nep-sog New Economics Papers
on Sociology of Economics
Issue of 2023‒10‒09
six papers chosen by
Jonas Holmström, Axventure AB

  1. Clubs and Networks in Economic Reviewing By Carrell, Scott; Figlio, David; Lusher, Lester
  2. Is Economics Self-Correcting? Replications in the American Economic Review By Ankel-Peters, Jörg; Fiala, Nathan; Neubauer, Florian
  3. A Novel Matching Algorithm for Academic Patent Paper Pairs: An Exploratory Study of Japan's national research universities and laboratories. By Van-Thien Nguyen; René Carraz
  4. Do better journals publish better estimates? By Slichter, David; Tran, Nhan
  5. Lessons from the p-value debate and the replication crisis for "open Q science" – the editor's perspective or: will the revolution devour its children? By Hüttel, Silke; Hess, Sebastian
  6. How Credible is the Credibility Revolution? By Kevin Lang

  1. By: Carrell, Scott; Figlio, David; Lusher, Lester
    Abstract: We study how author-editor and author-reviewer network connectivity and "match" influence editor decisions and reviewer recommendations of economic research at the Journal of Human Resources. Our empirical strategy employs several dimensions of fixed effects to overcome concerns of endogenous assignment of papers to editors and reviewers. Authors who attended the same PhD program, were ever colleagues with, are affiliates of the same National Bureau of Economic Research program(s), or are more closely linked via coauthorship networks as the handling editor are significantly more likely to avoid a desk rejection. Likewise, authors from the same PhD program or who previously worked with the reviewer are significantly more likely to receive a positive evaluation. We also find that sharing "signals" of ability, such as publishing in the "top five", attending a high ranked PhD program, or being employed by a similarly ranked economics department, significantly influences editor decisions and/or reviewer recommendations. We find some evidence that published papers with greater author-editor connectivity subsequently receive fewer citations.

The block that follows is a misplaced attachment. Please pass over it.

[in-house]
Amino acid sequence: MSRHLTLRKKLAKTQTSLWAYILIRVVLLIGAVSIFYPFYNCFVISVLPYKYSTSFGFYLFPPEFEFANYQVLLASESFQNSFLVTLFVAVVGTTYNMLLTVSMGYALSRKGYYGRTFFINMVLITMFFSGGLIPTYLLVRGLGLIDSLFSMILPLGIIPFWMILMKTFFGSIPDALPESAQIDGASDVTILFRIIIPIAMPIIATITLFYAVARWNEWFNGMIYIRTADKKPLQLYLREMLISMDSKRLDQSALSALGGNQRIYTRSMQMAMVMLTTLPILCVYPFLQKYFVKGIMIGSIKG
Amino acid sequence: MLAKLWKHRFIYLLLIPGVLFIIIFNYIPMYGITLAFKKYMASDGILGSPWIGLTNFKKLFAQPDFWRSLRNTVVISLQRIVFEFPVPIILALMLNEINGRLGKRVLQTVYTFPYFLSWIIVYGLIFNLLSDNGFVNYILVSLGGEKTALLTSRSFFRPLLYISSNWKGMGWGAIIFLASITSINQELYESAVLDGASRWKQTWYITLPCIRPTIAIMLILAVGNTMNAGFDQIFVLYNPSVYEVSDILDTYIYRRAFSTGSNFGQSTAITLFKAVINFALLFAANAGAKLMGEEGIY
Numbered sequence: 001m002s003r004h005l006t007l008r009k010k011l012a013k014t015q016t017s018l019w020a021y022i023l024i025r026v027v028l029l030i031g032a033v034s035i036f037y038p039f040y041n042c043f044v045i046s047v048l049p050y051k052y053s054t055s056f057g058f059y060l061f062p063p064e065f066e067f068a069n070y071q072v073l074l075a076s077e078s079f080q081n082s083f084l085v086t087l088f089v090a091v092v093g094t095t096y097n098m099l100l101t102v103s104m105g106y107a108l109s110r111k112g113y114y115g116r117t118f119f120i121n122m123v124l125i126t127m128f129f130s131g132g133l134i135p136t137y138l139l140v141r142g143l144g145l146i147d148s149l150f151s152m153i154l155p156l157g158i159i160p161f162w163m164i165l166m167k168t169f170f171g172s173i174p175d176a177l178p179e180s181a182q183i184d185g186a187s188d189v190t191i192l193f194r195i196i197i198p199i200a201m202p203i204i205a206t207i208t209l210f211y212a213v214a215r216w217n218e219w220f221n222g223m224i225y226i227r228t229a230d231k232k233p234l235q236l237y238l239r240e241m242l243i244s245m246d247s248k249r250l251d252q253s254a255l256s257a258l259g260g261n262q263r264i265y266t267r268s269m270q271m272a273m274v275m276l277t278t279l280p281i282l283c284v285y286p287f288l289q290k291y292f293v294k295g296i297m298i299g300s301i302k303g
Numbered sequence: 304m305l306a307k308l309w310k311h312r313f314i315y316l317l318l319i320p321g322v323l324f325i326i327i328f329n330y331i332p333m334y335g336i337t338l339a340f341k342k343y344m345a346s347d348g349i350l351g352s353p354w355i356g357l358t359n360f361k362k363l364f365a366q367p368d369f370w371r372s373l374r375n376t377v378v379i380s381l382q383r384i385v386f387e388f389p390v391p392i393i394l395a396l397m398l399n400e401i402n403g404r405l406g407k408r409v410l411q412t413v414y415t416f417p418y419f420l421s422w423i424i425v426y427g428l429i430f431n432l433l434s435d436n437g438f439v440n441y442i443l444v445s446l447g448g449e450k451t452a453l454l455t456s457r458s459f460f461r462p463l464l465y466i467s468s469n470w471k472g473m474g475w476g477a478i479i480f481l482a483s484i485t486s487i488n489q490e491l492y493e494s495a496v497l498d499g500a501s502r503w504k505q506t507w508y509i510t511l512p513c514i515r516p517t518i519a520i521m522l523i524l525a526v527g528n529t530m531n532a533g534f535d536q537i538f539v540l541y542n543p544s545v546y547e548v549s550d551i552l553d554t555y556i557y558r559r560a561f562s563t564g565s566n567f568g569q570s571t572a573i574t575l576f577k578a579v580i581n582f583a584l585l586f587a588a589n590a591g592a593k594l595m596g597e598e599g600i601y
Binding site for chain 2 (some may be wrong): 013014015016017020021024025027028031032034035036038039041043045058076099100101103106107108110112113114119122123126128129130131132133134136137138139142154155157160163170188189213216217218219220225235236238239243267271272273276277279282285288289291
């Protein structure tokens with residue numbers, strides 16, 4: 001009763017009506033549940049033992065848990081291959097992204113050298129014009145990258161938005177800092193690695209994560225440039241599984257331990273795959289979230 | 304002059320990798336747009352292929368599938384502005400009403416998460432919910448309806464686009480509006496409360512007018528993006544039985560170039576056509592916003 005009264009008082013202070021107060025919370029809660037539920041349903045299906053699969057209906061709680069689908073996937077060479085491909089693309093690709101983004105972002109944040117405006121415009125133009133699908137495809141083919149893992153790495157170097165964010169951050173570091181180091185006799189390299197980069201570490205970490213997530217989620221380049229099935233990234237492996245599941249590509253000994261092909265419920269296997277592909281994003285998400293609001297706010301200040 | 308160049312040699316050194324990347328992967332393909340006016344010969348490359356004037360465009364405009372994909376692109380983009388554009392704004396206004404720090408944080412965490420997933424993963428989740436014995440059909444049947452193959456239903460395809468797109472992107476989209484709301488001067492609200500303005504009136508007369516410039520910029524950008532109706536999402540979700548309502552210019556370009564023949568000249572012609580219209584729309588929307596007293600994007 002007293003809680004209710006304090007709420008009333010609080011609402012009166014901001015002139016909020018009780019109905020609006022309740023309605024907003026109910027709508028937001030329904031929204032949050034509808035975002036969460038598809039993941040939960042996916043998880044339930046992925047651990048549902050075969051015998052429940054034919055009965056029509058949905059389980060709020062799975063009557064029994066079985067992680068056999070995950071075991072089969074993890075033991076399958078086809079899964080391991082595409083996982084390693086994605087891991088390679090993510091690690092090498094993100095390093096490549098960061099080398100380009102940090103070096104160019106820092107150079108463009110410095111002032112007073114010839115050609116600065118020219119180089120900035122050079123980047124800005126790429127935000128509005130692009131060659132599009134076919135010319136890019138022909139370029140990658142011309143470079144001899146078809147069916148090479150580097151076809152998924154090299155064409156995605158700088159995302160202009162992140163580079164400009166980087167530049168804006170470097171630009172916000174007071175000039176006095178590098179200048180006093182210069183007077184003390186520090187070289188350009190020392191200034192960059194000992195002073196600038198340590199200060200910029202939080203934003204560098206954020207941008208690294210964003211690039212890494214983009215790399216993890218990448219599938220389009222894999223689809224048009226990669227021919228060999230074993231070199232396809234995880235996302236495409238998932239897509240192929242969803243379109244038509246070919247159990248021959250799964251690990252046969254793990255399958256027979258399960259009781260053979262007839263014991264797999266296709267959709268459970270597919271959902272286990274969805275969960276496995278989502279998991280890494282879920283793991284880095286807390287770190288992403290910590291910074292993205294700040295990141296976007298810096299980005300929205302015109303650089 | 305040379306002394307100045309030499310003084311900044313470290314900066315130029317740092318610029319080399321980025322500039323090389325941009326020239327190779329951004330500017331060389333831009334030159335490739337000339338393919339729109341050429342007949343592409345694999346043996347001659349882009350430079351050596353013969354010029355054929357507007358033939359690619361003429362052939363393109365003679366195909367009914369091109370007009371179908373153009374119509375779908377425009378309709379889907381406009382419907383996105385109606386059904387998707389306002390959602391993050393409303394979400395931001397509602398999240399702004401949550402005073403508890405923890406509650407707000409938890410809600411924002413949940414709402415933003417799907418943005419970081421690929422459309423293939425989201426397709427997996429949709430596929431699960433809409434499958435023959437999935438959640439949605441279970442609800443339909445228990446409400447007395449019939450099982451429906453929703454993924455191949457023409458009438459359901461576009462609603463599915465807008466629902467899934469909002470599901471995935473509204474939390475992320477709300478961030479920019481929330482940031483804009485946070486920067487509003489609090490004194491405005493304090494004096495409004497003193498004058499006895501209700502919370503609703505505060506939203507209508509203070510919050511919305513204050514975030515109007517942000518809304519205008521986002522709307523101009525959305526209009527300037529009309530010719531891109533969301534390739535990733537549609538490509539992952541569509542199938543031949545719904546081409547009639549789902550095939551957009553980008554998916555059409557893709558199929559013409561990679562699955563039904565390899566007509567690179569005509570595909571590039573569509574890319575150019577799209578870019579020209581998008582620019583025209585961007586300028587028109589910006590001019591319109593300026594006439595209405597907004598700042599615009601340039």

Date: 2023
  2. By: Ankel-Peters, Jörg; Fiala, Nathan; Neubauer, Florian